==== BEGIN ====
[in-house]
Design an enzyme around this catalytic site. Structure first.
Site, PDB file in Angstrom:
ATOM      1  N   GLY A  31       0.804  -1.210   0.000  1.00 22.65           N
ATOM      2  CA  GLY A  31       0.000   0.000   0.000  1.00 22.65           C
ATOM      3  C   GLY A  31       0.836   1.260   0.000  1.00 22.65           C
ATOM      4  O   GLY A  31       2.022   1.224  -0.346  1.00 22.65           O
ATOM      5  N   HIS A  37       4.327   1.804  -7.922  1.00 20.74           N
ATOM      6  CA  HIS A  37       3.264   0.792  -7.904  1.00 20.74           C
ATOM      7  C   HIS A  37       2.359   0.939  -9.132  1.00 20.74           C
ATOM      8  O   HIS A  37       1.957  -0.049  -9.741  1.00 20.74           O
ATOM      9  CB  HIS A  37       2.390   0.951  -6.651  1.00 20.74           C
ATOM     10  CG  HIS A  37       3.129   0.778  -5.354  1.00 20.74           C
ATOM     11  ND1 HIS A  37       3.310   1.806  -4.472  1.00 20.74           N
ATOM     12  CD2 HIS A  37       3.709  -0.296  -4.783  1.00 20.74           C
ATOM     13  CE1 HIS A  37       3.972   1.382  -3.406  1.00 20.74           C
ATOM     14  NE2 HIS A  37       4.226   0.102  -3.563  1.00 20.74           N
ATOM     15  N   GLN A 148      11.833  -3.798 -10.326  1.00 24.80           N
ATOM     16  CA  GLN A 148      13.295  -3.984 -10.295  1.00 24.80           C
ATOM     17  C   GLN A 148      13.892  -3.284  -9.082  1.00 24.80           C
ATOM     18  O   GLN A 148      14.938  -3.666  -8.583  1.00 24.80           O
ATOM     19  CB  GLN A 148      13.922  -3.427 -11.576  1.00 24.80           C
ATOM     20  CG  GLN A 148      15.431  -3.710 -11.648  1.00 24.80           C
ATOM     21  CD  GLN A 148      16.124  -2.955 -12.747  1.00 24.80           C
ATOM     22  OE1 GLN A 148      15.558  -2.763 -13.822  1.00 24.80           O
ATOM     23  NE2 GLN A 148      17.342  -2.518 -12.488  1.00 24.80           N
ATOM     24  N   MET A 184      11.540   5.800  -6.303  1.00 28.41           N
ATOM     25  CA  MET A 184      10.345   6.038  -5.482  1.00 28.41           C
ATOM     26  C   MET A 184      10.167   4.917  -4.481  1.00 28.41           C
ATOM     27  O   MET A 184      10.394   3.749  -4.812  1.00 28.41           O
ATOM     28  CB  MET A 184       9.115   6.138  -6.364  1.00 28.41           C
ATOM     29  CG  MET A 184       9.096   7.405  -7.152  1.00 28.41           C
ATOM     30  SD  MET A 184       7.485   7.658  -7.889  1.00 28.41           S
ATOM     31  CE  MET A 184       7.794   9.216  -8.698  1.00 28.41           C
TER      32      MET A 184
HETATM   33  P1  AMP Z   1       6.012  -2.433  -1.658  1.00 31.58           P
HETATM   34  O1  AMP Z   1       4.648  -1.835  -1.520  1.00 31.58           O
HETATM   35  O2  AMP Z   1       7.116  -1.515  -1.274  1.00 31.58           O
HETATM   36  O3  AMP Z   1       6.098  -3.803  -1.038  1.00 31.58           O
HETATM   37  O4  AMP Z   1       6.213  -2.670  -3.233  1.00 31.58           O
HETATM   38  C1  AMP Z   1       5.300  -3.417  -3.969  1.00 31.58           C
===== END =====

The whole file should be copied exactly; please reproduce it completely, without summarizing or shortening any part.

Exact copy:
[in-house]
Design an enzyme around this catalytic site. Structure first.
Site, PDB file in Angstrom:
ATOM      1  N   GLY A  31       0.804  -1.210   0.000  1.00 22.65           N
ATOM      2  CA  GLY A  31       0.000   0.000   0.000  1.00 22.65           C
ATOM      3  C   GLY A  31       0.836   1.260   0.000  1.00 22.65           C
ATOM      4  O   GLY A  31       2.022   1.224  -0.346  1.00 22.65           O
ATOM      5  N   HIS A  37       4.327   1.804  -7.922  1.00 20.74           N
ATOM      6  CA  HIS A  37       3.264   0.792  -7.904  1.00 20.74           C
ATOM      7  C   HIS A  37       2.359   0.939  -9.132  1.00 20.74           C
ATOM      8  O   HIS A  37       1.957  -0.049  -9.741  1.00 20.74           O
ATOM      9  CB  HIS A  37       2.390   0.951  -6.651  1.00 20.74           C
ATOM     10  CG  HIS A  37       3.129   0.778  -5.354  1.00 20.74           C
ATOM     11  ND1 HIS A  37       3.310   1.806  -4.472  1.00 20.74           N
ATOM     12  CD2 HIS A  37       3.709  -0.296  -4.783  1.00 20.74           C
ATOM     13  CE1 HIS A  37       3.972   1.382  -3.406  1.00 20.74           C
ATOM     14  NE2 HIS A  37       4.226   0.102  -3.563  1.00 20.74           N
ATOM     15  N   GLN A 148      11.833  -3.798 -10.326  1.00 24.80           N
ATOM     16  CA  GLN A 148      13.295  -3.984 -10.295  1.00 24.80           C
ATOM     17  C   GLN A 148      13.892  -3.284  -9.082  1.00 24.80           C
ATOM     18  O   GLN A 148      14.938  -3.666  -8.583  1.00 24.80           O
ATOM     19  CB  GLN A 148      13.922  -3.427 -11.576  1.00 24.80           C
ATOM     20  CG  GLN A 148      15.431  -3.710 -11.648  1.00 24.80           C
ATOM     21  CD  GLN A 148      16.124  -2.955 -12.747  1.00 24.80           C
ATOM     22  OE1 GLN A 148      15.558  -2.763 -13.822  1.00 24.80           O
ATOM     23  NE2 GLN A 148      17.342  -2.518 -12.488  1.00 24.80           N
ATOM     24  N   MET A 184      11.540   5.800  -6.303  1.00 28.41           N
ATOM     25  CA  MET A 184      10.345   6.038  -5.482  1.00 28.41           C
ATOM     26  C   MET A 184      10.167   4.917  -4.481  1.00 28.41           C
ATOM     27  O   MET A 184      10.394   3.749  -4.812  1.00 28.41           O
ATOM     28  CB  MET A 184       9.115   6.138  -6.364  1.00 28.41           C
ATOM     29  CG  MET A 184       9.096   7.405  -7.152  1.00 28.41           C
ATOM     30  SD  MET A 184       7.485   7.658  -7.889  1.00 28.41           S
ATOM     31  CE  MET A 184       7.794   9.216  -8.698  1.00 28.41           C
TER      32      MET A 184
HETATM   33  P1  AMP Z   1       6.012  -2.433  -1.658  1.00 31.58           P
HETATM   34  O1  AMP Z   1       4.648  -1.835  -1.520  1.00 31.58           O
HETATM   35  O2  AMP Z   1       7.116  -1.515  -1.274  1.00 31.58           O
HETATM   36  O3  AMP Z   1       6.098  -3.803  -1.038  1.00 31.58           O
HETATM   37  O4  AMP Z   1       6.213  -2.670  -3.233  1.00 31.58           O
HETATM   38  C1  AMP Z   1       5.300  -3.417  -3.969  1.00 31.58           C